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Every year the Functional Neurosurgery Center at Massachusetts General Hospital successfully treats more than 100 patients from across the United States and around the world. Each patient’s treatment is managed by a team of specialists that includes:
Our neurosurgeons meet regularly to review each patient’s case and, by consensus, recommend the least invasive, most effective surgical treatment. Our goal is to improve each patient's quality of life.
For most epilepsy patients, appropriate medicine is sufficient to control seizures. However, in 20-30% of cases surgery may be helpful.
Presurgical evaluation includes a detailed clinical history and physical examination, advanced neuro-imaging, video-EEG monitoring, neuropsychological testing and an assessment of psychosocial functioning. In some cases, implanted intracranial electrodes are used to gather more precise information. After the evaluations our neurosurgeons operate to remove or disconnect the affected areas of the brain using one or more of the following procedures:
In all cases, the goal of epilepsy surgery is to remove the area of the brain from which the seizures originate without causing any significant functional impairment.
The chronic, intense facial pain of trigeminal neuralgia (tic doloureux) and glossopharyngeal neuralgia can be disabling. Hemifacial spasm, or tic convulsif, is not painful but can still cause uncontrollable facial contractions.
All of these tics are typically the result of an artery or vein compressing a cranial nerve. If medication cannot control the symptoms effectively, our surgeons are often able to relieve the pressure and stop the pain by moving the blood vessel in a procedure called microvascular decompression.
Stereotactic radiofrequency thermal lesioning is a technique, developed at Mass General, that is used to treat pain symptoms. Surgeons make a precise lesion in the affected nerve, causing mild facial numbness.
Hemifacial spasms may also be treated with botulinum toxin (botox) injection. If these treatments do not work, then the spasms can be treated with surgery.
Our neurosurgeons use deep brain stimulation (DBS) to treat patients with a wide variety of movement disorders. DBS involves implanting an electrode in the brain to interrupt and stimulate nerve activity. Our center uses the most advanced stereotactic technology, microelectrode recordings, for optimal lead positioning and the best patient outcome. The most common movement disorder we treat is Parkinson's disease. Other disorders that can be treated using deep brain stimulation include Essential tremor and Dystonia.
Mass General was one of the first hospitals to perform DBS and today we also use it to treat many different types of Dystonia which include:
The Stereotactic and Functional Neurosurgery Center offers a range of treatments for appropriate patients with severe and medically intractable Obsessive-compulsive disorder (OCD) and Major depression. Patients with severe and medically intractable Major depression or OCD are potential candidates for surgery.
Although many procedures have been used in the past, our neurosurgeons perform a broad range of treatment options including:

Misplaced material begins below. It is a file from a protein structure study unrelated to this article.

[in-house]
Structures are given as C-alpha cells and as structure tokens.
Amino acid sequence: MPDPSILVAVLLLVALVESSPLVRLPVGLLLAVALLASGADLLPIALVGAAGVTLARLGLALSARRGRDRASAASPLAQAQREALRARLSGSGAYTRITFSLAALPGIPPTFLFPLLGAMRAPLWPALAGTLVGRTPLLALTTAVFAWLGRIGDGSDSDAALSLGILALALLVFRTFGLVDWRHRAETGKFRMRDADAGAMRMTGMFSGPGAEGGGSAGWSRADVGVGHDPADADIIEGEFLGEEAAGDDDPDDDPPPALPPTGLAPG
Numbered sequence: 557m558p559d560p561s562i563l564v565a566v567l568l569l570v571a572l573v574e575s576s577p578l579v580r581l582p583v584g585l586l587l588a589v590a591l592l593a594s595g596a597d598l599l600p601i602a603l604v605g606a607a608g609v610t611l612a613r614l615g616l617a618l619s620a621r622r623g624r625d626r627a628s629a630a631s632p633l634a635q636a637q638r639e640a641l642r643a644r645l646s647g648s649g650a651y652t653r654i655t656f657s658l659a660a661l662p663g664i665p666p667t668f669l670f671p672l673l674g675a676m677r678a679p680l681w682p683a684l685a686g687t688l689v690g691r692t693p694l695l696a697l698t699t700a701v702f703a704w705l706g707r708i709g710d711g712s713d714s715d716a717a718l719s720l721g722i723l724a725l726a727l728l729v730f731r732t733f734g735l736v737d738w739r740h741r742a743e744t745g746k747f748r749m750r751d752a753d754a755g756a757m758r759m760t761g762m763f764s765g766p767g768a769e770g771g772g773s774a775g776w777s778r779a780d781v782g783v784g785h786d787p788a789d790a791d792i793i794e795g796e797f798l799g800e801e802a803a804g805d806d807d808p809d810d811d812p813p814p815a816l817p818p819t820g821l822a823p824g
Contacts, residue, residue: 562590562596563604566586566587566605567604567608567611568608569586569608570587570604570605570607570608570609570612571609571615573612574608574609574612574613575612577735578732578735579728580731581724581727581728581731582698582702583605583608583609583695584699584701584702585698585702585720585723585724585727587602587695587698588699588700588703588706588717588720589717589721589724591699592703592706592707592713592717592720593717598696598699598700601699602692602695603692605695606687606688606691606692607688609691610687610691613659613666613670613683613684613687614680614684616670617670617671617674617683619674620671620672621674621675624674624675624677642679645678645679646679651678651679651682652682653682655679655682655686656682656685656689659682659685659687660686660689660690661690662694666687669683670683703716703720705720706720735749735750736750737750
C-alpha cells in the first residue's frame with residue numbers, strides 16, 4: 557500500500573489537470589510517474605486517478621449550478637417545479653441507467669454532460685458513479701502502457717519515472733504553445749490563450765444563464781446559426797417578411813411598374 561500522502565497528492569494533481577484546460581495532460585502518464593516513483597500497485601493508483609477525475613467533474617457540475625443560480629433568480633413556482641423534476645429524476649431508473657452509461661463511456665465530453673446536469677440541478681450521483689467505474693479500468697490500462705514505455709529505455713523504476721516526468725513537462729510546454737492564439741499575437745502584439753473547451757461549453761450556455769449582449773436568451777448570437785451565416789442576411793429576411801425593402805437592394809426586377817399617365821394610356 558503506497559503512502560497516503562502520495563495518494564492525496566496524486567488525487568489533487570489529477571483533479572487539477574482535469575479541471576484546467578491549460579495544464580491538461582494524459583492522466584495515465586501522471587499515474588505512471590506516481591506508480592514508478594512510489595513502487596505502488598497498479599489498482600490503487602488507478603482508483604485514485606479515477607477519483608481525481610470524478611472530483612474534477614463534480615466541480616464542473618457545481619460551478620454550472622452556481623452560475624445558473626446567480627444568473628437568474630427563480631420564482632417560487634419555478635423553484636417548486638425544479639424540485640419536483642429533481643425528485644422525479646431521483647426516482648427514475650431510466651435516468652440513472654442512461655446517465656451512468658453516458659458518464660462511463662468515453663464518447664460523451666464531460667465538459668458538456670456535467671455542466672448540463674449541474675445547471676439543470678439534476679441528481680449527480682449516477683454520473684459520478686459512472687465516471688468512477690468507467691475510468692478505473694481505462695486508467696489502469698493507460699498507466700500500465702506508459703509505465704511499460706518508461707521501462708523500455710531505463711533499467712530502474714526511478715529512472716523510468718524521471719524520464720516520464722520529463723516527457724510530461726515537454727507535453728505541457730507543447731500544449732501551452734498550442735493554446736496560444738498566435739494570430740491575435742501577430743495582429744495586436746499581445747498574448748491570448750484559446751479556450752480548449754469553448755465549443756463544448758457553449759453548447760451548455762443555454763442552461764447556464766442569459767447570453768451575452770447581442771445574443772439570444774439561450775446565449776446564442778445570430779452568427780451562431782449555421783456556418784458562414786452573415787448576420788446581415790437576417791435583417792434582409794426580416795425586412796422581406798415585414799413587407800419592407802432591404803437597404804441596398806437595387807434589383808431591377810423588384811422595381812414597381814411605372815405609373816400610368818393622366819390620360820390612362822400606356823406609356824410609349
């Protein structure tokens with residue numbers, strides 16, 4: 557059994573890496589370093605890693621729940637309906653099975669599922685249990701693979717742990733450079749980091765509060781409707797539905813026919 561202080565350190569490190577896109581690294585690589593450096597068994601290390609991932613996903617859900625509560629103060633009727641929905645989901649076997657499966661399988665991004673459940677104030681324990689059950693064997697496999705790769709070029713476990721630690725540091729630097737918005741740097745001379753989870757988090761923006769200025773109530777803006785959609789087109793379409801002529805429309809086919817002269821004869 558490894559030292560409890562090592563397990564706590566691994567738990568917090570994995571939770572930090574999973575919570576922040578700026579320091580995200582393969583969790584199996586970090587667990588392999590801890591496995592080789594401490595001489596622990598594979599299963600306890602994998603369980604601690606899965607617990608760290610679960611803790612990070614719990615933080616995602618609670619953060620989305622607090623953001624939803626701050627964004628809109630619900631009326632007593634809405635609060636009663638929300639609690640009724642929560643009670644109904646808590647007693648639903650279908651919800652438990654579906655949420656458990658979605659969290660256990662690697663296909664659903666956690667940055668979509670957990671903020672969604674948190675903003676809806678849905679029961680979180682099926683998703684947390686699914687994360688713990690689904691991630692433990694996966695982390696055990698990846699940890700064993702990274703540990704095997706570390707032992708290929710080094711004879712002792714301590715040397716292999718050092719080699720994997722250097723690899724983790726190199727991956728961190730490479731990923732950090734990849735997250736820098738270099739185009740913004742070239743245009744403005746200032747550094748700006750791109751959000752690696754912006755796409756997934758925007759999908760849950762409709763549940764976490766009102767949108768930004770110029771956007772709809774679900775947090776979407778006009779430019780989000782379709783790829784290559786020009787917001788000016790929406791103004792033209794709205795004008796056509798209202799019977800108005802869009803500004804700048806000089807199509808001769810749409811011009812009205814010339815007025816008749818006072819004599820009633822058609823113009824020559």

Patients interested in more information under the psychiatric section should contact Ms. Valerie Giorgione at 617-726-3407.
The Functional Neurosurgery Center partners with the Parkinson’s Disease and Movement Disorders Clinic and the Epilepsy Service, both in the Department of Neurology at Mass General.
These programs typically prescribe medication as the first line of defense against Parkinson’s disease and epilepsy. We consider surgery to be appropriate only when medical treatments are no longer effective or the side effects are too severe for the patient.
We are one of the largest functional neurosurgery centers in the United States. As a major referral center, we treat approximately 70 to 90 patients per day, and our surgeons perform 2,600 procedures a year.
As a result of this high volume, our surgeons have more experience with rare cases that a smaller hospital might see infrequently, if at all.
Our physicians are Harvard Medical School faculty who:
Our clinical faculty collaborate with basic researchers who cover a broad spectrum of neurobiology, neurophysiology and neuropathology. Current research projects include studies focused on central nervous system repair, neural precursor / “stem cell” biology, and adult neurogenesis.
A major area of clinical research is surgery for epilepsy. Candidates for epilepsy surgery are intensively studied by electrophysiological and imaging techniques. Electrophysiologically, implanted electrodes are used to monitor seizure activity in awake patients. PET imaging is used to localize motor and language areas. New technology allows superimposition of the PET images with MRI scans, providing sharply defined landmarks during surgery. A further area of exploration is the use of virtual imaging in the operating room.
Epilepsy is a neurological condition involving the brain that makes people more susceptible to having seizures.
Obsessive-compulsive disorder is an anxiety disorder in which a person has an unreasonable thought, fear, or worry that he or she tries to manage through a ritualized activity to reduce the anxiety.
Functional Neurosurgery Center
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